MediaWatch: October 5, 1998

Vol. Twelve No. 17

Who Said Linda Tripp Had Rights?

Monica Lewinsky isn't the only one who hates Linda Tripp. The networks reliably jump on negative allegations against Tripp, but reliably ignore negative allegations against Tripp's enemies. For example, independent counsel Kenneth Starr questioned whether the audiotapes Tripp submitted were altered, and suggested if so, Tripp could be guilty of perjury. ABC, CBS, CNN, NBC, and the Fox News Channel all reported it. (NBC's Andrea Mitchell noted she's been compared to "the Wicked Witch of the West.")

On July 7, every network noted how Maryland had launched its own grand jury investigation into whether Tripp violated state law by taping her phone calls with Lewinsky. (None noted that night that the state prosecutor, Stephen Montanarelli, is a Democrat.)

Every network reported The New Yorker's allegations in March that Tripp lied on her federal job application that she'd never been arrested. As a teenager, she was once detained by Greenwood Lake, New York police over a missing wallet and watch another teenager had placed in her purse as a prank.

But that story carried a twist that reflected badly on the Clinton administration. The story's author, Jane Mayer, had contacted her former Wall Street Journal colleague, chief Pentagon spokesman and Clinton appointee Kenneth Bacon, and asked if Tripp had claimed never to be arrested on her application form. Bacon ordered Tripp's confidential personnel file released -- a possible violation of the Privacy Act and a clear violation of Pentagon security policy. But MediaWatch analysts found ABC and NBC have never reported on the Tripp-file scandal, and CBS only mentioned it in passing on a Sunday morning. Among the details skipped:

May 1: Clifford Bernath, the principal deputy to Kenneth Bacon, testified in a Judicial Watch lawsuit on the FBI files that Bacon ordered the leaking of the Tripp file. Network coverage? FNC's Rita Cosby reported the story. The other networks didn't.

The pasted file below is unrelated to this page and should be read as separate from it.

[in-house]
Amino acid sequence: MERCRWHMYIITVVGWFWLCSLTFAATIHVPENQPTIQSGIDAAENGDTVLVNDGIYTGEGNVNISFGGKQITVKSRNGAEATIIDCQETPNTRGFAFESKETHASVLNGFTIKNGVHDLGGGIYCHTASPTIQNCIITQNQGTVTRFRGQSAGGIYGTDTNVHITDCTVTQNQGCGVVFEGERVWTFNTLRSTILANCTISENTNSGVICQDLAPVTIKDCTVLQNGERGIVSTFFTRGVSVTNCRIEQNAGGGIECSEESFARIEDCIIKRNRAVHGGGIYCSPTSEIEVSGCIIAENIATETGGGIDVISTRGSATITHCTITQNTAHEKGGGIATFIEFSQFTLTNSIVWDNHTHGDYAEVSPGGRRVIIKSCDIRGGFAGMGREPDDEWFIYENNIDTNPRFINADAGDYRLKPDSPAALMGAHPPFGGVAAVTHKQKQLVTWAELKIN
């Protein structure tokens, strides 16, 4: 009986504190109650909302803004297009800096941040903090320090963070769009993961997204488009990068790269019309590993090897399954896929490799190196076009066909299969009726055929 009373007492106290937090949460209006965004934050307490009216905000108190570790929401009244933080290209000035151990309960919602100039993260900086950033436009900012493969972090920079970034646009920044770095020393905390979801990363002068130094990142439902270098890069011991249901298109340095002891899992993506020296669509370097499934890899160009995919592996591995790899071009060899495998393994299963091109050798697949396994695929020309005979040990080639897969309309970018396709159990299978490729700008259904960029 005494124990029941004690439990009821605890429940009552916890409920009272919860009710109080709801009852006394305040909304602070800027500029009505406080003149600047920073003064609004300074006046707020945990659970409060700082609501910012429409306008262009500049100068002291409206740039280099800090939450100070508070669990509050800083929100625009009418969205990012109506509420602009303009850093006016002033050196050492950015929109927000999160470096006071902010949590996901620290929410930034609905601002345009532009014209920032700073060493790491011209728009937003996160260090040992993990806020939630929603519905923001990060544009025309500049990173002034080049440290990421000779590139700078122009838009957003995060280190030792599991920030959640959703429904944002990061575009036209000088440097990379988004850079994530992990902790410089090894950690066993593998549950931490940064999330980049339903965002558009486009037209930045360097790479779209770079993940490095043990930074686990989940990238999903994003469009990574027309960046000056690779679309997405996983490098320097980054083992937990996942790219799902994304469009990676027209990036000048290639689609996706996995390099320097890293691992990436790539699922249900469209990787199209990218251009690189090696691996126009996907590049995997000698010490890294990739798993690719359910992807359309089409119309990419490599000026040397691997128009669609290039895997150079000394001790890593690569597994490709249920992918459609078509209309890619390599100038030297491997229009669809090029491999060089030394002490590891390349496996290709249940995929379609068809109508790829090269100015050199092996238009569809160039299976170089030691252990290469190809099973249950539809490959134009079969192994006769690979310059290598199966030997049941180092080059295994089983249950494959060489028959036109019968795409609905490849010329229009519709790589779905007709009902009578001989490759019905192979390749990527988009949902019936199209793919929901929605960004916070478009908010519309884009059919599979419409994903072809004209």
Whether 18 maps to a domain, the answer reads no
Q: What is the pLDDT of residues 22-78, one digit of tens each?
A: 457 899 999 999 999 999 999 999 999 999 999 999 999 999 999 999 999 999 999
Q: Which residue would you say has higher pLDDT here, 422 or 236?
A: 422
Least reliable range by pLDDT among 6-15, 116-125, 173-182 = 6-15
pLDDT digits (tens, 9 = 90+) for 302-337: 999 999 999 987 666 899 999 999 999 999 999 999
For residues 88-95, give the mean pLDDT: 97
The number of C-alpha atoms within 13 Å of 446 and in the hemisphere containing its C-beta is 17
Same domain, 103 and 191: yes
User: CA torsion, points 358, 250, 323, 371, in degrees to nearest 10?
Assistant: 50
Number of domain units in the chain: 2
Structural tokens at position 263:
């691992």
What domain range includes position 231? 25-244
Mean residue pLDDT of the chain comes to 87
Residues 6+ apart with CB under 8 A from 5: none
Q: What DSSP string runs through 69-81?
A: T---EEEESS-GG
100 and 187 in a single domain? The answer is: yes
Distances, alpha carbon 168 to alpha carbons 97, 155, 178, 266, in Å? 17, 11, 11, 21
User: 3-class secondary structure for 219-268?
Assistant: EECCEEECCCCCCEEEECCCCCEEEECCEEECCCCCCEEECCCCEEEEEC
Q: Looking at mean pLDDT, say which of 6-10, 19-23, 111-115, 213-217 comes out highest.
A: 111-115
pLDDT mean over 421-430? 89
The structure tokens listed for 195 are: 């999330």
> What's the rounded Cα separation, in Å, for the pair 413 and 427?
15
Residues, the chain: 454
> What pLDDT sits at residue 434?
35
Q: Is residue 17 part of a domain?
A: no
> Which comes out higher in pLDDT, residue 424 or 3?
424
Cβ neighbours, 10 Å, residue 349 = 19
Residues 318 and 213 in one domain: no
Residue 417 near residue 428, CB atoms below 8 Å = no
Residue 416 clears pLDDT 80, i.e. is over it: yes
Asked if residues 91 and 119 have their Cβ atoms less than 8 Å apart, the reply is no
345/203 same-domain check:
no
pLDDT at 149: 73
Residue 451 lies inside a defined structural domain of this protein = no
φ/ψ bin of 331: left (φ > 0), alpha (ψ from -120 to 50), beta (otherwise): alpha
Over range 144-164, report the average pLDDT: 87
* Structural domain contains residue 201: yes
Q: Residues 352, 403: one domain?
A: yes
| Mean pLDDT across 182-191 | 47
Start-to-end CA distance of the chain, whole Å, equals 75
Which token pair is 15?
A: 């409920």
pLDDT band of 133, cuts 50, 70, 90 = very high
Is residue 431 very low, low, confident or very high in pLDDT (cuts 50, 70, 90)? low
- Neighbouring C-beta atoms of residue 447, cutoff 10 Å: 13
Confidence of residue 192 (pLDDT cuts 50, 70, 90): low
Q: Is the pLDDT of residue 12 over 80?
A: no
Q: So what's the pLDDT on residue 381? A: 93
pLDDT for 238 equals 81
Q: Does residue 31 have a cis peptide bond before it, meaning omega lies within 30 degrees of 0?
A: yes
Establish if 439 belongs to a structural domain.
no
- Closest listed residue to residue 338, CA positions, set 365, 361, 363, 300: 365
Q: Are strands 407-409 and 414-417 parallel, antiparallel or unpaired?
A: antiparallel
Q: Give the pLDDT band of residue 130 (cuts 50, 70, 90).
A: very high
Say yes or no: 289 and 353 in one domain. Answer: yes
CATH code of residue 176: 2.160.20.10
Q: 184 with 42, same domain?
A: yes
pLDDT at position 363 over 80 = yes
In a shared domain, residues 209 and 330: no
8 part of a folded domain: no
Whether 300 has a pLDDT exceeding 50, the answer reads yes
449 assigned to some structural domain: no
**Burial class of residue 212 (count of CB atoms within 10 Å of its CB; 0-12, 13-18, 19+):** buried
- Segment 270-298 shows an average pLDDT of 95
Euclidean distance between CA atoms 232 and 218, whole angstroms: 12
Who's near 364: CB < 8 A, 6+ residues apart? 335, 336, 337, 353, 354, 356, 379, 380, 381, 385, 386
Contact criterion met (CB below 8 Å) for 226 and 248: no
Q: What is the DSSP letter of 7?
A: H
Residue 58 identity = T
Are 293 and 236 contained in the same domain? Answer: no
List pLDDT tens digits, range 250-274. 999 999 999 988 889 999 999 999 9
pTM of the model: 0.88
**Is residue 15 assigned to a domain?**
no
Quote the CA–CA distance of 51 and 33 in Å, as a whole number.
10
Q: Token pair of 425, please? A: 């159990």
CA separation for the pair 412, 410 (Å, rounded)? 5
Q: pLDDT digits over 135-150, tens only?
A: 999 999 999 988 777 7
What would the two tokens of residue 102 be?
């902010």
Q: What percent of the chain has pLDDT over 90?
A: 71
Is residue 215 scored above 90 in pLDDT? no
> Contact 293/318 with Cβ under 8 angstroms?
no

May 21: Washington Times reporter Bill Sammon reported Judicial Watch's Larry Klayman forced Kenneth Bacon to admit he orchestrated the file's release. Sammon added that Clinton promised in 1992, when Bush's State Department investigated Clinton's passport file, "If I catch anyone using the State Department like that when I'm President, I'll fire them the next day." Bacon wasn't fired. TV coverage? Only a mention on CNN, even as Starr opened a probe into the Tripp leak the next day.

June 10: FNC reported White House fixer Harold Ickes was at the center of a Virginia grand jury investigation of the Tripp files. Ickes had "admitted discussing Tripp with Ken Bacon, the Pentagon spokesman." Other network coverage? Only a CNN story by Bob Franken.

July 11: The Washington Post reported Judge Royce Lamberth ordered the Defense Department to seize and search Bernath's hard drive after he admitted deleting files from his computer. Coverage? Zero. But the next day, CBS's Rita Braver mentioned Bacon in a Larry Klayman profile on Sunday Morning.